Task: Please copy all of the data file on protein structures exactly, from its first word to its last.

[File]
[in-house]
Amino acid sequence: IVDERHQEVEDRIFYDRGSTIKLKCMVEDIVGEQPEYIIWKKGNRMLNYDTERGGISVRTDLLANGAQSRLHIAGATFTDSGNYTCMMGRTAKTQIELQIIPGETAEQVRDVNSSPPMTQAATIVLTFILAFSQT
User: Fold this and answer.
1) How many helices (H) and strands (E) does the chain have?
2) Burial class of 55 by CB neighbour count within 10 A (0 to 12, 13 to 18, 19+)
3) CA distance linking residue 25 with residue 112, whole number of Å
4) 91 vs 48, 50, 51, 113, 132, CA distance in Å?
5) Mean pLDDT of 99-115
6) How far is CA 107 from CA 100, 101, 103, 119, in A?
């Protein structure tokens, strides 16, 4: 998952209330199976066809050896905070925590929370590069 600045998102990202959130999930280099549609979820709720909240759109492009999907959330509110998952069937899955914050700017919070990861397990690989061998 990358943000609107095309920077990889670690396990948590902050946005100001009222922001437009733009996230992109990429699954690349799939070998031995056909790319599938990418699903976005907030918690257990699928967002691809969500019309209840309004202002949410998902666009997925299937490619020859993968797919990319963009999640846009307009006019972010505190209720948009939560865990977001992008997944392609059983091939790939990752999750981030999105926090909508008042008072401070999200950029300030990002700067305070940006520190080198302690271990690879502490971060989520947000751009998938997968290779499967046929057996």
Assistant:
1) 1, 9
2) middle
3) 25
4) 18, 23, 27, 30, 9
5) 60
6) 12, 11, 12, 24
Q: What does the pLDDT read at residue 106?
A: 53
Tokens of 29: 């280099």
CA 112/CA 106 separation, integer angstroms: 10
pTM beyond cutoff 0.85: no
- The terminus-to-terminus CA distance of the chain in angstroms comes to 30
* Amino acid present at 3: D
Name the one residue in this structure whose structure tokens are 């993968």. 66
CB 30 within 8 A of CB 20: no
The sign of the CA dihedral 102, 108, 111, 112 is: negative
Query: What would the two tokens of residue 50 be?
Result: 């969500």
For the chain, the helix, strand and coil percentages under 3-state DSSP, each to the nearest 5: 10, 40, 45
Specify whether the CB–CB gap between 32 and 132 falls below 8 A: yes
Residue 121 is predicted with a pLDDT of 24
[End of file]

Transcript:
[in-house]
Amino acid sequence: IVDERHQEVEDRIFYDRGSTIKLKCMVEDIVGEQPEYIIWKKGNRMLNYDTERGGISVRTDLLANGAQSRLHIAGATFTDSGNYTCMMGRTAKTQIELQIIPGETAEQVRDVNSSPPMTQAATIVLTFILAFSQT
User: Fold this and answer.
1) How many helices (H) and strands (E) does the chain have?
2) Burial class of 55 by CB neighbour count within 10 A (0 to 12, 13 to 18, 19+)
3) CA distance linking residue 25 with residue 112, whole number of Å
4) 91 vs 48, 50, 51, 113, 132, CA distance in Å?
5) Mean pLDDT of 99-115
6) How far is CA 107 from CA 100, 101, 103, 119, in A?
């Protein structure tokens, strides 16, 4: 998952209330199976066809050896905070925590929370590069 600045998102990202959130999930280099549609979820709720909240759109492009999907959330509110998952069937899955914050700017919070990861397990690989061998 990358943000609107095309920077990889670690396990948590902050946005100001009222922001437009733009996230992109990429699954690349799939070998031995056909790319599938990418699903976005907030918690257990699928967002691809969500019309209840309004202002949410998902666009997925299937490619020859993968797919990319963009999640846009307009006019972010505190209720948009939560865990977001992008997944392609059983091939790939990752999750981030999105926090909508008042008072401070999200950029300030990002700067305070940006520190080198302690271990690879502490971060989520947000751009998938997968290779499967046929057996």
Assistant:
1) 1, 9
2) middle
3) 25
4) 18, 23, 27, 30, 9
5) 60
6) 12, 11, 12, 24
Q: What does the pLDDT read at residue 106?
A: 53
Tokens of 29: 């280099």
CA 112/CA 106 separation, integer angstroms: 10
pTM beyond cutoff 0.85: no
- The terminus-to-terminus CA distance of the chain in angstroms comes to 30
* Amino acid present at 3: D
Name the one residue in this structure whose structure tokens are 């993968």. 66
CB 30 within 8 A of CB 20: no
The sign of the CA dihedral 102, 108, 111, 112 is: negative
Query: What would the two tokens of residue 50 be?
Result: 């969500």
For the chain, the helix, strand and coil percentages under 3-state DSSP, each to the nearest 5: 10, 40, 45
Specify whether the CB–CB gap between 32 and 132 falls below 8 A: yes
Residue 121 is predicted with a pLDDT of 24